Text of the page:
The process of unmasking is a tricky one. It’s a process many autistic people can’t afford to do, either because their income or safety depends on it. Choosing to unmask and start the healing process of coming to terms with who you really are is a long and difficult one. You’ll have friends and family members remark how different you are, even though they never knew the real you. You’ll get tons of weird stares from strangers when/if you decide to publically stim. It’ll be tough at first, but I promise, connecting with your authentic self is better than fitting into any box society or your family tried to place you in.
That being said, here are some tips to start unmasking (whenever you feel ready and safe).
1. Allow yourself to move in whatever way feels right for you.
I know we’ve gotten used to only dancing when we stim, but if you feel like shaking your head, tapping your toes, or even flapping your hands would help you regulate your emotions better, then do that! The whole point of stimming is to destress and to regulate emotions. It doesn’t have to look a certain way. You can dance, spin, or shake to your heart’s content— it’s YOUR body. You get to do whatever you want with it.
2. Tell people close to you that you plan on unmasking around them.
This one is totally up to you— you can tell them or let them figure it out on their own. Personally, I’ve told my friends about my self-diagnosis and what unmasking looks like for me so that they don’t take it personally. It’s not my responsibility to manage neurotypical people’s responses to me, and it isn’t yours either.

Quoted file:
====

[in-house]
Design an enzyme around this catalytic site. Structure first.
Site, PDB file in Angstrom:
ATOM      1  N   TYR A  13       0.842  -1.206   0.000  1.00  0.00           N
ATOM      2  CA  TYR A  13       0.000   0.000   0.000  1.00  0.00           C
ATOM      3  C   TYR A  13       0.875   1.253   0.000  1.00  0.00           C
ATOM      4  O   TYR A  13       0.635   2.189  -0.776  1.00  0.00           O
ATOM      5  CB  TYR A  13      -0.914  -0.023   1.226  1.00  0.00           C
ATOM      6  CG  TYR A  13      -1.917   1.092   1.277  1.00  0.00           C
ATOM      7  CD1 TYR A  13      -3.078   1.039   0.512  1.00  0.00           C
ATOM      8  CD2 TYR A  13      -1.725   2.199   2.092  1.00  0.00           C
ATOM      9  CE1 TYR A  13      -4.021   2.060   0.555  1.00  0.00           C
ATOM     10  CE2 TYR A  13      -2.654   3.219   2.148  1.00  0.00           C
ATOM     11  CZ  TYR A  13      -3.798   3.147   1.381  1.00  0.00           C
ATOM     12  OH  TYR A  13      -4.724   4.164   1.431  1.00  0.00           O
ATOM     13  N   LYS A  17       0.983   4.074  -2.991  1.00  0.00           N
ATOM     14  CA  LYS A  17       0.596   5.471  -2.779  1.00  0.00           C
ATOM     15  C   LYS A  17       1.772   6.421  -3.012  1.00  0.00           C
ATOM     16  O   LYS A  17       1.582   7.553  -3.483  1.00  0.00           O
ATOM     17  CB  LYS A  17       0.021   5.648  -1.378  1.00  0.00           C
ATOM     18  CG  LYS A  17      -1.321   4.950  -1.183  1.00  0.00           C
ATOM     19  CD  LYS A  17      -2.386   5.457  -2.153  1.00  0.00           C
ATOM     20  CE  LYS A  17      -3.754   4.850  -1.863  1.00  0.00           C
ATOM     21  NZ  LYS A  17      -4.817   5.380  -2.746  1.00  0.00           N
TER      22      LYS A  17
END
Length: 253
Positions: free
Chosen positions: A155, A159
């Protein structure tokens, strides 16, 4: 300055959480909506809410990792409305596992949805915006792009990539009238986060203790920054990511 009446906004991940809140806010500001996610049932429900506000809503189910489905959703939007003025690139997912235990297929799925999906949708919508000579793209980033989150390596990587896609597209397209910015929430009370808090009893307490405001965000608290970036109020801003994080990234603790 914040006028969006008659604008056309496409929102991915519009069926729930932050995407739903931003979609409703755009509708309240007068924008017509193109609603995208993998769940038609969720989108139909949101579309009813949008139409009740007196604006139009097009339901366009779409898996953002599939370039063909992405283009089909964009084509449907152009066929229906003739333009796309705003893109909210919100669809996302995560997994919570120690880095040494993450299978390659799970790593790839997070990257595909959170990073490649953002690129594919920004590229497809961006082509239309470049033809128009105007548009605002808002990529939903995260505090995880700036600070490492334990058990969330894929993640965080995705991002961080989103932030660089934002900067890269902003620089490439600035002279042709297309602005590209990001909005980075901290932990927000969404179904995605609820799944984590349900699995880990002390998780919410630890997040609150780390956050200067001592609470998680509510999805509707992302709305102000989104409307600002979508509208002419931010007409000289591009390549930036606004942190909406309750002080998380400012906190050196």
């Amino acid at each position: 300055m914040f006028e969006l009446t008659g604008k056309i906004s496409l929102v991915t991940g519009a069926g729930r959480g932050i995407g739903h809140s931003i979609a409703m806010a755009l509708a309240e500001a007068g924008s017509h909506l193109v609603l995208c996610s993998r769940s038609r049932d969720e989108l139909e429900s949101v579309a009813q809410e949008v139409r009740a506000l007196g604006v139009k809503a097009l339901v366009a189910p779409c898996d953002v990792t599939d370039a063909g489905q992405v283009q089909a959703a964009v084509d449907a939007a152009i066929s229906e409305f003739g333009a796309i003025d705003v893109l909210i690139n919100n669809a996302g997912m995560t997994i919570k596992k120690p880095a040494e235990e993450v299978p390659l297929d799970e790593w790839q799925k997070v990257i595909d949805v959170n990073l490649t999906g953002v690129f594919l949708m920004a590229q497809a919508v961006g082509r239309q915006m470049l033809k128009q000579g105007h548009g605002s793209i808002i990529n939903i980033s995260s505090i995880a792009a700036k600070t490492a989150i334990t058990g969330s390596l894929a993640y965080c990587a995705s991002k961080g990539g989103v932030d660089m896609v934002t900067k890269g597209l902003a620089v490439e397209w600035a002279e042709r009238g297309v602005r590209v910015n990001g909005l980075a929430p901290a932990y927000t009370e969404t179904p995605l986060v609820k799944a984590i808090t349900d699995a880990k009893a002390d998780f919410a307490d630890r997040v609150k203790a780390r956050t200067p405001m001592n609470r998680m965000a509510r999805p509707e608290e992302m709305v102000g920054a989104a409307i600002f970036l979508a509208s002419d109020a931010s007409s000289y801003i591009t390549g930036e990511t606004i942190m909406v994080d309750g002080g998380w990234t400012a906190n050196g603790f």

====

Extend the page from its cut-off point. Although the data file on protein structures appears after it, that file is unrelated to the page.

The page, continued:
I just have close ties to my friends and know they might take it personally if all of a sudden I have a flat affect around them. Friendships and relationships between neurotypicals and autistic folks are hard as it is. I, personally, think that giving people close to me a heads up smooths the transition. That being said, it’s definitely a personal decision.
3. Remind yourself that you’re amazing.
More often than not, we have those voices in the back of our head telling us we look weird, or sound weird, or are weird for stimming, having echolalia, etc. Usually, those voices are our parents, classmates, teachers, or even random strangers who have said hurtful things.
Unmasking isn’t just about accepting or unlearning your behaviors, it’s also about accepting who you are— which is an amazing person. Autistic folks are able to recognize patterns, literally see sounds, empathize on an extremely deep level, and come up with the coolest projects when it comes to their special interest. Just because other people can’t see that, doesn’t mean you’re not the dopest person out there. Unmasking is a hard process, make sure to give yourself some grace and patience.
The world, our neighbors, and sometimes our families are already cruel enough. That doesn’t mean we have to be, too. So unlearn everything you were taught, and let yourself stim freely (in whatever shape that takes on for you), repeat as many words as you want, and express your emotions as much or as little as you need. Your family may not understand you, but I can assure you there are tons of other Autistic Caribbean teens and adults out there that do.
We get what it’s like growing up within our culture and being different, and we’re here to support you in every way we can.
- Dear Caribbean Autistic Teen, - February 15, 2022
This is really beautiful!
Anti-ribald policy. A proposed social ethic against all cultures of making fun of and being hurtful. courtchange.wordpress.com/anti-ribald-policy
Well said, young lady. Being from the Caribbean myself, I know exactly what you’re talking about.
Having friends or a romantic partner who is autistic is challenging enough.